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RachelLee-Won, Karina, HanaWe Are Here And There And Then

Lee-Won Fulbright

Smith College


Korea’s image of racial purity and homogeneity is perpetuated by both Koreans and foreigners. In my work, I wanted to push back against this notion of purity by imagining what it would be like to see myself and other mixed-race people represented in historical art—a narrative from which we are noticeably absent. Using a painting style similar to minhwa, a form of Korean folk art, I integrate a half-Korean, or mixed-race, narrative into art history. Minhwa began in 17th-century Korea as art by  common, unknown artists and translates to “art of the people.” I found examples of minhwa in Korean art collection books and online, and, in my own work, used similar nature motifs and color palettes for the landscape and portraits, respectively.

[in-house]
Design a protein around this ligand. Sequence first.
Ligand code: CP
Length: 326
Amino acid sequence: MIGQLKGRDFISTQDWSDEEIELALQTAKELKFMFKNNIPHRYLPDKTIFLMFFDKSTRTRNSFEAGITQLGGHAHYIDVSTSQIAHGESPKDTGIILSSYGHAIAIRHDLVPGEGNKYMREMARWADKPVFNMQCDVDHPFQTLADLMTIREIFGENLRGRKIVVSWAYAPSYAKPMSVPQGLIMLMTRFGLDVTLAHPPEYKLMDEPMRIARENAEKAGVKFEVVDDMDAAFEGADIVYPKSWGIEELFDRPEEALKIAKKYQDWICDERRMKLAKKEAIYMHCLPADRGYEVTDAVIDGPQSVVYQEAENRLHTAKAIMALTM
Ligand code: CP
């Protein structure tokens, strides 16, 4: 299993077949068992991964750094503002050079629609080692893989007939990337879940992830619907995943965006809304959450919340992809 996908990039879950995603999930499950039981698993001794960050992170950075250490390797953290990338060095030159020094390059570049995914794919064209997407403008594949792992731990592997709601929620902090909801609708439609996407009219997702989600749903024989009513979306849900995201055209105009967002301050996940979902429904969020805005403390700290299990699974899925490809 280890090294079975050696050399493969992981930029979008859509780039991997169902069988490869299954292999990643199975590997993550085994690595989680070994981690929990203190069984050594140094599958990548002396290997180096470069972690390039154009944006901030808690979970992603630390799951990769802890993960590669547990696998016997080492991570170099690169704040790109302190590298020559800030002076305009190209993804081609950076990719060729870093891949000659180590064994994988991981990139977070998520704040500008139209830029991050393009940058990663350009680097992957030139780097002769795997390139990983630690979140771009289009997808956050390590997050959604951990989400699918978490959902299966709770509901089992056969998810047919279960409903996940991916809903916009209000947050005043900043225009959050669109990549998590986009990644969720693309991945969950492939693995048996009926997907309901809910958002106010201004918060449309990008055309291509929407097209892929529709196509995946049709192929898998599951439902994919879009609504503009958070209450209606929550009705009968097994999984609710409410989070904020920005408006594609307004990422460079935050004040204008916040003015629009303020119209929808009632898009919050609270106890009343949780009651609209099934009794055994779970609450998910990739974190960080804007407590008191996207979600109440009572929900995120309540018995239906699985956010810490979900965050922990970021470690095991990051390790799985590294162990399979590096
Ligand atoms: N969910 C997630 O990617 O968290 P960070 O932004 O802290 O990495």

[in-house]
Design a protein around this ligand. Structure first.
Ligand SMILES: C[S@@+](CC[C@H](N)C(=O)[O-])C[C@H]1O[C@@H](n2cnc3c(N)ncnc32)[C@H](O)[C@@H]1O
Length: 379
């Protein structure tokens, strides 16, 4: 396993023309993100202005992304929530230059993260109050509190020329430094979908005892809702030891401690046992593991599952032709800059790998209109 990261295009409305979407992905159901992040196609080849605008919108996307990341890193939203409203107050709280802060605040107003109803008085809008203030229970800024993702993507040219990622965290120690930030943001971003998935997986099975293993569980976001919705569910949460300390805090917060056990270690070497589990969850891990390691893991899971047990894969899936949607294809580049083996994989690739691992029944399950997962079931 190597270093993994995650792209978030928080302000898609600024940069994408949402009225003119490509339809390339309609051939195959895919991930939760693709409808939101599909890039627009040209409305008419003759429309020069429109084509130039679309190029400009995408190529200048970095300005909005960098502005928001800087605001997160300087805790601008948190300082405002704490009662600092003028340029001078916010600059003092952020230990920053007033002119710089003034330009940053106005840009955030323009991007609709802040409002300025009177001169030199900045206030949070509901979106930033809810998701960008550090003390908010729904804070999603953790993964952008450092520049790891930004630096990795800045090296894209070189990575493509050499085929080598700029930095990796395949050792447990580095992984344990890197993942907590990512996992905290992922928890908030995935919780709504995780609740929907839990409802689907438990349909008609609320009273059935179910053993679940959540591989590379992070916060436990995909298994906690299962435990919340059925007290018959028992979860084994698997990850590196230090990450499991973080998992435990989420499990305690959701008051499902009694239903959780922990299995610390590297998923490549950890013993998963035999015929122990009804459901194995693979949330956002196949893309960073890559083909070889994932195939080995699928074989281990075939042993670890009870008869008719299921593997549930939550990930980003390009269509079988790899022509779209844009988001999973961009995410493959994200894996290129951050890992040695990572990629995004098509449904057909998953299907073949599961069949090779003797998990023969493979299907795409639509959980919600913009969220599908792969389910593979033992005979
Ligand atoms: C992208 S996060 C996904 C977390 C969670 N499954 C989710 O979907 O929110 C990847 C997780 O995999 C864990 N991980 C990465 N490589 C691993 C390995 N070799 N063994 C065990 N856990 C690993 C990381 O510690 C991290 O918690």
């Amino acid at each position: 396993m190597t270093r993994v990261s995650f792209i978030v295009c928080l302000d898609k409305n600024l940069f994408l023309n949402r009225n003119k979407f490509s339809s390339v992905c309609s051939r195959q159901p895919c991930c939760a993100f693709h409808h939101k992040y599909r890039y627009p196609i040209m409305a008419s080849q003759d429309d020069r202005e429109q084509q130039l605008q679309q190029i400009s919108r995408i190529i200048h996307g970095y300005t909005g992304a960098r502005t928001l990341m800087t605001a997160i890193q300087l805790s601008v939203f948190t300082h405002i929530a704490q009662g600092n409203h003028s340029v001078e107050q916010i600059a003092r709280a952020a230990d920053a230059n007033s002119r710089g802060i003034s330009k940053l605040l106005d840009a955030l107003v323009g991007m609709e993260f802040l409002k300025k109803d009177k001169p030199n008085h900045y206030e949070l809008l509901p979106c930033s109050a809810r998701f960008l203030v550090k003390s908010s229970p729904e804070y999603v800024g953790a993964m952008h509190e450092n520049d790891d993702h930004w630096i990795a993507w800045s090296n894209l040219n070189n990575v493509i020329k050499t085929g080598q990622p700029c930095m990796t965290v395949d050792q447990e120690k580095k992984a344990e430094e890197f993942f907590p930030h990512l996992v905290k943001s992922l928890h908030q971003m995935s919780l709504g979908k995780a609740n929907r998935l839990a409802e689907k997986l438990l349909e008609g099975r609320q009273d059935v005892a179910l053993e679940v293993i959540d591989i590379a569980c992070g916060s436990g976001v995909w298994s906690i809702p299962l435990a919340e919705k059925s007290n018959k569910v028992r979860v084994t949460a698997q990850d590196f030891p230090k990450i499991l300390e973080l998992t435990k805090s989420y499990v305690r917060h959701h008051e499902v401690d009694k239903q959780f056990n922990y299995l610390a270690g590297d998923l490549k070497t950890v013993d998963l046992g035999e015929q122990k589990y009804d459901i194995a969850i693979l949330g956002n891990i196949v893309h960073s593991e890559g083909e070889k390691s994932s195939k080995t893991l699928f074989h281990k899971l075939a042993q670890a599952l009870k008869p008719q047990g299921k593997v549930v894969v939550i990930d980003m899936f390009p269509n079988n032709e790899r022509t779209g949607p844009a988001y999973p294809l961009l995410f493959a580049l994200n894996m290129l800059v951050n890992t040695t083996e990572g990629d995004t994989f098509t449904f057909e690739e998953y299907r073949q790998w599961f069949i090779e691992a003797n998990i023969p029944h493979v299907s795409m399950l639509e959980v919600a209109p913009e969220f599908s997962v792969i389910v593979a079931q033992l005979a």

By photographing and illustrating myself and my friends, I acknowledged and appreciated our similarities and differences as individuals in  part of Korea’s history. We are all half-Korean, but we look so different and possess such differing perspectives regarding our own experiences and identities. In these digitally-painted photographs, we wear hanbok—a traditional clothing that we do not feel completely welcome in—as well as contemporary pieces that clash with it. I became closer to these people while we collectively fumbled  to put on the hanbok, exchanged anecdotes about moments in which we questioned our biracial identities, and listened to each others' doubts about not feeling that we are—or look—"Korean enough." We are all inescapably from the present in bodies that do not completely belong to any one culture. Through this art-driven exploration, however, I have found a sense of belonging and community among these wonderful people.

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